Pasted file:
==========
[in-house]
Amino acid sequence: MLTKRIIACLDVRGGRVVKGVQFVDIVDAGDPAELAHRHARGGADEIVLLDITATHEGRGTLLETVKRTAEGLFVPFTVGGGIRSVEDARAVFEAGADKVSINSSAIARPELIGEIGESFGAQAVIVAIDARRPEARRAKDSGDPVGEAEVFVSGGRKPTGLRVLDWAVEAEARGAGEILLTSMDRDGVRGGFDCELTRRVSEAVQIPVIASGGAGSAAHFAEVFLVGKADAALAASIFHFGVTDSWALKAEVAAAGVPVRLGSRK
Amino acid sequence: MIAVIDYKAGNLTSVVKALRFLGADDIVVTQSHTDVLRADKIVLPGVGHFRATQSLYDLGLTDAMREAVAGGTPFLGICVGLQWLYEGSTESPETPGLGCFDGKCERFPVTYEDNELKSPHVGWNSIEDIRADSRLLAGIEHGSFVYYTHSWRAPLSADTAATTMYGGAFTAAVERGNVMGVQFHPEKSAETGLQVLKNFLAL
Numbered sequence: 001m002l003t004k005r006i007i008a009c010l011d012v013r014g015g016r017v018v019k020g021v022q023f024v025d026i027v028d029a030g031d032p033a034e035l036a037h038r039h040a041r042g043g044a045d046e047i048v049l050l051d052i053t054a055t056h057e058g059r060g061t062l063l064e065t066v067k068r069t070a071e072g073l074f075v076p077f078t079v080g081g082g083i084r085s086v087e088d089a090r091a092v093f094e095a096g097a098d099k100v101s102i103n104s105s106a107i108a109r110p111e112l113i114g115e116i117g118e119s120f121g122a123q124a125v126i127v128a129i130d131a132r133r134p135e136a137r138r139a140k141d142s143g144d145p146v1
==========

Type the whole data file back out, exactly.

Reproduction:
[in-house]
Amino acid sequence: MLTKRIIACLDVRGGRVVKGVQFVDIVDAGDPAELAHRHARGGADEIVLLDITATHEGRGTLLETVKRTAEGLFVPFTVGGGIRSVEDARAVFEAGADKVSINSSAIARPELIGEIGESFGAQAVIVAIDARRPEARRAKDSGDPVGEAEVFVSGGRKPTGLRVLDWAVEAEARGAGEILLTSMDRDGVRGGFDCELTRRVSEAVQIPVIASGGAGSAAHFAEVFLVGKADAALAASIFHFGVTDSWALKAEVAAAGVPVRLGSRK
Amino acid sequence: MIAVIDYKAGNLTSVVKALRFLGADDIVVTQSHTDVLRADKIVLPGVGHFRATQSLYDLGLTDAMREAVAGGTPFLGICVGLQWLYEGSTESPETPGLGCFDGKCERFPVTYEDNELKSPHVGWNSIEDIRADSRLLAGIEHGSFVYYTHSWRAPLSADTAATTMYGGAFTAAVERGNVMGVQFHPEKSAETGLQVLKNFLAL
Numbered sequence: 001m002l003t004k005r006i007i008a009c010l011d012v013r014g015g016r017v018v019k020g021v022q023f024v025d026i027v028d029a030g031d032p033a034e035l036a037h038r039h040a041r042g043g044a045d046e047i048v049l050l051d052i053t054a055t056h057e058g059r060g061t062l063l064e065t066v067k068r069t070a071e072g073l074f075v076p077f078t079v080g081g082g083i084r085s086v087e088d089a090r091a092v093f094e095a096g097a098d099k100v101s102i103n104s105s106a107i108a109r110p111e112l113i114g115e116i117g118e119s120f121g122a123q124a125v126i127v128a129i130d131a132r133r134p135e136a137r138r139a140k141d142s143g144d145p146v1